I Assumed You Were Like Me
I wrote a book, and I made an assumption. I assumed you were like me. I assumed that, some nights, as you fall into that state before sleep actually takes you, you startle awake. When that happens, you remember that moment when you quit going to see your grandmother in the nursing home because you were flush with new love and you abandoned her as if she’d been no more than a placeholder in your life. Or you remember—re-live in a hot flash of shame—the moment you sat silent as a grownup berated your little sister and you said nothing because the shame coated you too—you ate just like she did. Or you remember—feel again—the time you gratefully, thankfully, fulfilled your year-long tutoring of a young man who could not read, and when he expressed his extreme disappointment at your abandoning him, you said your League requirement was fulfilled and, not to worry, he’d get a new tutor, gathering your books and leaving.
When I wrote this book, I assumed you were like me, and you have these moments, and I assumed you were further like me in that you carry the question: what do we do with the hurt we’ve caused others that we cannot take back?
I assumed you had the moments, and I assumed you carried the questions, and I wrote a book where I tried to come up with answers. The answers couldn’t flinch. They couldn’t pretend we could fix what we can’t, correct our mistakes, because most of them we cannot. I wrote without being sloppy or sentimental or stupid, and I tried to bring comfort for those moments that wake us with a mix of burning shame and a deep well of regret when we acted out of fear or cowardice or selfishness because that’s who we are. We gather our errors as we roll through life, and what do with do with them? Where is God in that? How do we forgive ourselves?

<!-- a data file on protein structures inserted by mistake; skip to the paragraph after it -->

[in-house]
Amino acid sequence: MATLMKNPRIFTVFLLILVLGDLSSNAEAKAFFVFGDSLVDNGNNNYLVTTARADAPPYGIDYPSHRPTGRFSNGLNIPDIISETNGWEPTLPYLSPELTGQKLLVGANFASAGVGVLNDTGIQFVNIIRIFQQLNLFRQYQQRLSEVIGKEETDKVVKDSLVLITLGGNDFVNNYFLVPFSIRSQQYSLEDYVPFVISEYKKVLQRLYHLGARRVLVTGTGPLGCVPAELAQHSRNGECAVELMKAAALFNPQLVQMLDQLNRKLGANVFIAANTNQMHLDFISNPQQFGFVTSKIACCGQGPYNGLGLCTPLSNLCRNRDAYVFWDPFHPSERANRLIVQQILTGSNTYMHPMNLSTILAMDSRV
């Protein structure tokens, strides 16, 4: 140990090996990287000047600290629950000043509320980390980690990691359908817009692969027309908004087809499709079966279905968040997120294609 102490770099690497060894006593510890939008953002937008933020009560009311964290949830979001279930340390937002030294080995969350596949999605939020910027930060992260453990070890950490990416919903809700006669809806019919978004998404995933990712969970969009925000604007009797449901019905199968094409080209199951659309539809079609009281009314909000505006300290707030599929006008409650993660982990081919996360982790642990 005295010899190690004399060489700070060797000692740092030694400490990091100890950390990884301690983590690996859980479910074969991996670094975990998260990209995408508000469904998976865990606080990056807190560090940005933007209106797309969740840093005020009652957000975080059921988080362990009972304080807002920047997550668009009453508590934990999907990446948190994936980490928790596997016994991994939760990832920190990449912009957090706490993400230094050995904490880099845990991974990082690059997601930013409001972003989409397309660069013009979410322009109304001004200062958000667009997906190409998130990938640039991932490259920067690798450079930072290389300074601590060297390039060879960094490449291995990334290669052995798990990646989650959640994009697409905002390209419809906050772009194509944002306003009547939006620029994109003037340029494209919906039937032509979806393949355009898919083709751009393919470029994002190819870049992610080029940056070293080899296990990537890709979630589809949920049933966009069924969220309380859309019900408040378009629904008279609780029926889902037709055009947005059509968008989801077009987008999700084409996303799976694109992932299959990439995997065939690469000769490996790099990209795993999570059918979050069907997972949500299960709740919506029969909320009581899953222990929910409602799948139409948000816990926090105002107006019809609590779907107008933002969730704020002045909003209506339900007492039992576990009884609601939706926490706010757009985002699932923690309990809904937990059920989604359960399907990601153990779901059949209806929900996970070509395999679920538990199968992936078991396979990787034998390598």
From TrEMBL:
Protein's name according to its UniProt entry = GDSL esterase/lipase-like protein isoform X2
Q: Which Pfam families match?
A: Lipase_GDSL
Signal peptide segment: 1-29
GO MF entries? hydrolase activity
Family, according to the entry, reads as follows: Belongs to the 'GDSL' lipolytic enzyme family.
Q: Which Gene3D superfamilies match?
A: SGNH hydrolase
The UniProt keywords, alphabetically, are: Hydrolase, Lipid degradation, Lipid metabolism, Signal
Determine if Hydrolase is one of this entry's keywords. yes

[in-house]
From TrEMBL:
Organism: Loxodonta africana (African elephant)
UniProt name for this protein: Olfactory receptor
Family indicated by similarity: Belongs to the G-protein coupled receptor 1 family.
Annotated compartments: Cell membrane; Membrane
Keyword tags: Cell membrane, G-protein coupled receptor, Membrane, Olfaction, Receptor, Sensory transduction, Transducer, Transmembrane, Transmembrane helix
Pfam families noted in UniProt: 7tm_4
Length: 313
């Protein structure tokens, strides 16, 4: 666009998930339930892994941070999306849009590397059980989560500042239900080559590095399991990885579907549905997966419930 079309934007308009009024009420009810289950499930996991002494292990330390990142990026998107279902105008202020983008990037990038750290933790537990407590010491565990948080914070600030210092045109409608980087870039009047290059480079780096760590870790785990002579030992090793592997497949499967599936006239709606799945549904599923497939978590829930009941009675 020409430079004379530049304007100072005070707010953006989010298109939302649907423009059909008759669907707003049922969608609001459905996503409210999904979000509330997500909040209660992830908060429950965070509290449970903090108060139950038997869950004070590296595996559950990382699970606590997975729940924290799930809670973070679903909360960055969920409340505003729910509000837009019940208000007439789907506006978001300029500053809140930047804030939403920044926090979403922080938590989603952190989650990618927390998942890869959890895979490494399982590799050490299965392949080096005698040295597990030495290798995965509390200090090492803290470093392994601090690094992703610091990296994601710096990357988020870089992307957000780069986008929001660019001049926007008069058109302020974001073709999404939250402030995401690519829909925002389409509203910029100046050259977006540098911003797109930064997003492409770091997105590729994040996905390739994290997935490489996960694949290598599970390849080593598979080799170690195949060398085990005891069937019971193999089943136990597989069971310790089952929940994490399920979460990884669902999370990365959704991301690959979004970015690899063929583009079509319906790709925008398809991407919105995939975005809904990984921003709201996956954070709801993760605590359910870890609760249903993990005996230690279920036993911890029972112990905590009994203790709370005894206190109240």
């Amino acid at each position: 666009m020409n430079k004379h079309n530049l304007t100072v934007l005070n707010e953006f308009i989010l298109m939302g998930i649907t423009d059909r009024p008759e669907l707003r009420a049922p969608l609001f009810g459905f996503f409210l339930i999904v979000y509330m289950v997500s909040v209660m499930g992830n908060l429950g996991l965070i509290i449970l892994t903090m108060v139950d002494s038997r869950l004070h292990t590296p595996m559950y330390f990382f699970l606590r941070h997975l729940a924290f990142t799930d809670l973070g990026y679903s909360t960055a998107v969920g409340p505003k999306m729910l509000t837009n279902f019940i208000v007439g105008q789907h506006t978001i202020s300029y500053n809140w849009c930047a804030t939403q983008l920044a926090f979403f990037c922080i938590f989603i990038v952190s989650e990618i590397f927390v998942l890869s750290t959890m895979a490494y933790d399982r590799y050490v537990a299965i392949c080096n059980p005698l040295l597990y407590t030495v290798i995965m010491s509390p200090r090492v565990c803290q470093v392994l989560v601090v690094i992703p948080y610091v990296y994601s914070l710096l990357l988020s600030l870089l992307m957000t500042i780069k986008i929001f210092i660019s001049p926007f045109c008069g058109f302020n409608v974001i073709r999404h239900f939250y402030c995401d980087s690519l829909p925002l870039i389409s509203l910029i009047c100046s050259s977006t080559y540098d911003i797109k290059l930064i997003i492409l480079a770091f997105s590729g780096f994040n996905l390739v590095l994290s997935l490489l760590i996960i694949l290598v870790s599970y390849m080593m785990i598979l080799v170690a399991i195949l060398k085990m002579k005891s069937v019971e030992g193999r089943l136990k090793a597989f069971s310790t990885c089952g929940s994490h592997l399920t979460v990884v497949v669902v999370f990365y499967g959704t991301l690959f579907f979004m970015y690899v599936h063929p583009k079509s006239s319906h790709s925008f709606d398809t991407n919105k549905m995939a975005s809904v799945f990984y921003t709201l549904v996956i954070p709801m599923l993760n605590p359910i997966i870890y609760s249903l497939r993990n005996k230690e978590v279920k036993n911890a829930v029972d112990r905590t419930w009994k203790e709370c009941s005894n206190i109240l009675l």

I wrote THE HART WOMEN to ask the question and struggle with the answers, and then I asked my artist friend Marisa Whitsett Baker to make the struggle as lovely as possible because author Margot Livesey who taught me at Sewanee Writers’ Conference said that making the terrible beautiful is the best we can do with our writing.
If you liked Marilynne Robinson’s Gilead or Kent Haruf’s Plain Song, you will love THE HART WOMEN.